Seeing faces amplifies the likelihood of getting click recommendations ten times, says Facebook partner engineer Simon Glass. As the research from Facebook shows, once just two Facebook friends have clicked a “Like” button, the likelihood that others will click it as well increases exponentially.
The Italian newspaper La Repubblica is using the Facebook “Like” buttons to let users subscribe to their content in their Facebook newsfeed. Instead of relying on users to come back to their destination website to “like” content, La Repubblica readers can use the “Like” button to subscribe to news by subject-matter, and any stories the published on that subject appear automatically in their newsfeed at Facebook.com.
Readers can “Like” their favorite football team, and links to stories about their team are syndicated directly to their Facebook newsfeed in one click. La Repubblica got 104,000 “likes” in the first 5 weeks of deploying their new “Like” button subscription integration. “You can kind of think if it like RSS, but that people actually use,” says Mr. Cross, who formerly worked as a developer for the Beeb.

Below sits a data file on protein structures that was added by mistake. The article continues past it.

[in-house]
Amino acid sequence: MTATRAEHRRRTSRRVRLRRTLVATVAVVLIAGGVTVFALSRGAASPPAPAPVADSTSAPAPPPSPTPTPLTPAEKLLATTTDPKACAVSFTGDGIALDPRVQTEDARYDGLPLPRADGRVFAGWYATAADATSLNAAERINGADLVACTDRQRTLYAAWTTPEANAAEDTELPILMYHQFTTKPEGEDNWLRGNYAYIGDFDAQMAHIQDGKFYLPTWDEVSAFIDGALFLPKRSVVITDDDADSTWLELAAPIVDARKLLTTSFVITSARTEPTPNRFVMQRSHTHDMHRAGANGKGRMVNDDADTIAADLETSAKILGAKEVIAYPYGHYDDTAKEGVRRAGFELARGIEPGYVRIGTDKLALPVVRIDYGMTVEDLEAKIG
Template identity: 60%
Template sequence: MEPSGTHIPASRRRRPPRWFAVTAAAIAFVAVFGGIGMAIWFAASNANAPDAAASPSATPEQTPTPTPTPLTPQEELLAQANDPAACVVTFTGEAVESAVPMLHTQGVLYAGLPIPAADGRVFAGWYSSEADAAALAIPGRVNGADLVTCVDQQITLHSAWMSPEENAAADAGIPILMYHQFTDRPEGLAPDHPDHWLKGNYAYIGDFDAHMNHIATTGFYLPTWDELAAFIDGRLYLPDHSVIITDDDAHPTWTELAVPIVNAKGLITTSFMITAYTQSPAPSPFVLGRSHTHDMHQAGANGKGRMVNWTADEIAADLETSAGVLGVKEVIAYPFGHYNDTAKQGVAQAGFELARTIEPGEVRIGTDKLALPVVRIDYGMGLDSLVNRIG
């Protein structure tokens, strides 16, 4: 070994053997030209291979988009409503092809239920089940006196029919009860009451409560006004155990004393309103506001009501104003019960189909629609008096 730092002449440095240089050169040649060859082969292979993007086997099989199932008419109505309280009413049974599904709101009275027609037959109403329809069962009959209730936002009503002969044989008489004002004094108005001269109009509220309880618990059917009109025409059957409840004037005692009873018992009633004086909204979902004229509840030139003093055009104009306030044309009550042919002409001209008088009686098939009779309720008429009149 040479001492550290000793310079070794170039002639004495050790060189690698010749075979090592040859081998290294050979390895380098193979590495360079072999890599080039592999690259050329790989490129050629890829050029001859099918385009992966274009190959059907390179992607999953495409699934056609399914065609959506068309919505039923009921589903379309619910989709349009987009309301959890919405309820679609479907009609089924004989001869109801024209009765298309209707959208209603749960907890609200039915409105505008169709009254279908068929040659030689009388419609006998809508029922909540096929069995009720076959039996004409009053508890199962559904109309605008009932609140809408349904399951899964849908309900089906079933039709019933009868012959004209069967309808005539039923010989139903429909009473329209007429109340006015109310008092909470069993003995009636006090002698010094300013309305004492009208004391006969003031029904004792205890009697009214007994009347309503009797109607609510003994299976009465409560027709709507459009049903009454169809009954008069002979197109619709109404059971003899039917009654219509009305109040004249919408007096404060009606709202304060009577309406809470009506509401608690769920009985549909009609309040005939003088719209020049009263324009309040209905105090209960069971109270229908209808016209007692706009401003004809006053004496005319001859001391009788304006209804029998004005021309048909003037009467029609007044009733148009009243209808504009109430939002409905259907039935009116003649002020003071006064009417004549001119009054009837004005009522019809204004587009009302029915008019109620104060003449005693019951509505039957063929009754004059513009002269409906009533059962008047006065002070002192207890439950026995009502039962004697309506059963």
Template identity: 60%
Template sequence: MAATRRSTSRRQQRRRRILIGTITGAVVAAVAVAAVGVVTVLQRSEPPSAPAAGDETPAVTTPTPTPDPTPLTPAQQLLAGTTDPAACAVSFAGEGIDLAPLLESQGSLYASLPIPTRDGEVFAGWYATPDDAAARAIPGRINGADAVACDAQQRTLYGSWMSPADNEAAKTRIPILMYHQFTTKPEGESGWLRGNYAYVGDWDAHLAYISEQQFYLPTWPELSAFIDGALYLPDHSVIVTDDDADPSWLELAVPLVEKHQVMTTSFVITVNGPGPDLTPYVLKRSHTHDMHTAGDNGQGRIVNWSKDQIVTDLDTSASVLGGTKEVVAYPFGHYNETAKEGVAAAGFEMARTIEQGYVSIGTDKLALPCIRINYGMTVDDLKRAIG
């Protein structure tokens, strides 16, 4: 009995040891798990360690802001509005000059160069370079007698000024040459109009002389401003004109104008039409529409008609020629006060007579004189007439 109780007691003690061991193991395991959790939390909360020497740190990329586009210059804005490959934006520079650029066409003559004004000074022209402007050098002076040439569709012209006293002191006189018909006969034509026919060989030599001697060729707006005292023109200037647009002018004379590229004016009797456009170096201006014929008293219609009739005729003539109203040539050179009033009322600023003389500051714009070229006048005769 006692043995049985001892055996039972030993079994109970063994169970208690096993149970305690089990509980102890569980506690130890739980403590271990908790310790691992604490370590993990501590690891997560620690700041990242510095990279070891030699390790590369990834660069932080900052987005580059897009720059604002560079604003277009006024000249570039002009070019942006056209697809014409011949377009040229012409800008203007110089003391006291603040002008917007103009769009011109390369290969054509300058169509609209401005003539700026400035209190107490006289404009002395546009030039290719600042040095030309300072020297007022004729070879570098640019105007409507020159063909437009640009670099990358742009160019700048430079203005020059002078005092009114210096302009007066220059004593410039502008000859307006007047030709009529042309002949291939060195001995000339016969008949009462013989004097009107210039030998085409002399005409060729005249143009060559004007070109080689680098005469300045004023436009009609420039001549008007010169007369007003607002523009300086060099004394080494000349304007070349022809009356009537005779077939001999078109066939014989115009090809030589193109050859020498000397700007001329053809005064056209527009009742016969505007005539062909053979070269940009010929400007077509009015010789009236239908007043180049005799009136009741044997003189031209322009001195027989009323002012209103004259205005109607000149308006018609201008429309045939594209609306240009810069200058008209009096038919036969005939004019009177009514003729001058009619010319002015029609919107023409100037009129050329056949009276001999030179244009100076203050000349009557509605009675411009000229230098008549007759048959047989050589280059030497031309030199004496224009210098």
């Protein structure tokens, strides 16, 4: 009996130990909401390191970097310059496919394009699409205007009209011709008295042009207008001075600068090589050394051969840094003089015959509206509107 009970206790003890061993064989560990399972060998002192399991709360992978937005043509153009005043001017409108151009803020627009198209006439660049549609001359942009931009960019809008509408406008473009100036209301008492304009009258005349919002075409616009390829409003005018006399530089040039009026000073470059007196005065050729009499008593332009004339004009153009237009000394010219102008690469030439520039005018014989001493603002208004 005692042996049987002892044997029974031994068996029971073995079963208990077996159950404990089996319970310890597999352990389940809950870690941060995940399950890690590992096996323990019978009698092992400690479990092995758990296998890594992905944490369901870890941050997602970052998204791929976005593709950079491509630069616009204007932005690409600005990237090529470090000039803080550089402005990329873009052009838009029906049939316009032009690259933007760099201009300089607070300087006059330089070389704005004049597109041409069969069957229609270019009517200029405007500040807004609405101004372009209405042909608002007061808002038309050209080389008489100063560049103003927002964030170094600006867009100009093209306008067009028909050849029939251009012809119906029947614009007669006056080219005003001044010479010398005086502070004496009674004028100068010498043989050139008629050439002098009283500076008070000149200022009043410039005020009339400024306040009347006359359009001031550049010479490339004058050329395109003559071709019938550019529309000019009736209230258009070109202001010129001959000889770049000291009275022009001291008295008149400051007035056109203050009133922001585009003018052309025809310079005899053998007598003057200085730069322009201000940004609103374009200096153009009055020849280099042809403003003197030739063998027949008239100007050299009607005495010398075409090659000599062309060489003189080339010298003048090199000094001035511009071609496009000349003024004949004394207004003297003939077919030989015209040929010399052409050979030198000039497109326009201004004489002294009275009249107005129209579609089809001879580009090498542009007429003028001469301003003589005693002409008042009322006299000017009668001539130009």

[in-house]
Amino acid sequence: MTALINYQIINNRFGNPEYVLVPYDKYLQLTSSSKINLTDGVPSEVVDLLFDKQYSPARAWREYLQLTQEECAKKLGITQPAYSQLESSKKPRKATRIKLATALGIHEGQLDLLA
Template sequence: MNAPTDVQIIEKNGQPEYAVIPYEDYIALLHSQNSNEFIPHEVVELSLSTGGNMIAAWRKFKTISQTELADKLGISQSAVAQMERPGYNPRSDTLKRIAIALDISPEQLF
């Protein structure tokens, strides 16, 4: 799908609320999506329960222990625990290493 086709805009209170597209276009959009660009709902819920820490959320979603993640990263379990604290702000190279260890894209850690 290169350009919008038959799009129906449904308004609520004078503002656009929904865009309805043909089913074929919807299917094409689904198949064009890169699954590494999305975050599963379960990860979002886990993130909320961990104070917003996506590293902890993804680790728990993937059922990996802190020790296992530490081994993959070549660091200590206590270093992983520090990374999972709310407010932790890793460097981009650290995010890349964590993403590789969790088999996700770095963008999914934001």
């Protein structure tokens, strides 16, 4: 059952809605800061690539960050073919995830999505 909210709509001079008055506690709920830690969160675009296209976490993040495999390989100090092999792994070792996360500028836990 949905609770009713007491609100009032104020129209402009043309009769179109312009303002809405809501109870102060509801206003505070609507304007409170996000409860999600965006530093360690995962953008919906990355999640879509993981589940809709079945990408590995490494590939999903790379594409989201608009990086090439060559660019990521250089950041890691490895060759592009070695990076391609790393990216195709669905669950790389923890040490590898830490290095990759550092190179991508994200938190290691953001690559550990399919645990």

What are the benefits of using Facebook “Like” buttons?
- Distribution on Facebook.com
- Collect social recommendations
- Reach new people through personal recommendations
- Drive inbound traffic and user engagement
Half of Facebook’s users visit Facebook.com every day, and many of them do so multiple times daily. Before La Repubblica integrated Facebook, readers had to go to the website to check for updated content but with this new integration, the newspaper can get links to it’s articles in front of readers where they spend the majority of their time on the Net.
Facebook users spend on average 5 hrs 25 mins on Facebook.com per month, versus 2 hrs 17 mins on Yahoo, 1 hr and 52 mins on AOL, 1 hr and 41 mins on MSN, 1 hr 17 mins on YouTube and 1 hr 14 mins on Google.
This blog post was written using source material from a special session at Le Web 2010 presented by Facebook partner engineer Simon Cross, a complete audio transcript for which is available at On the Record…Online. At the time of this writing, the PowerPoint presentation he used was also available.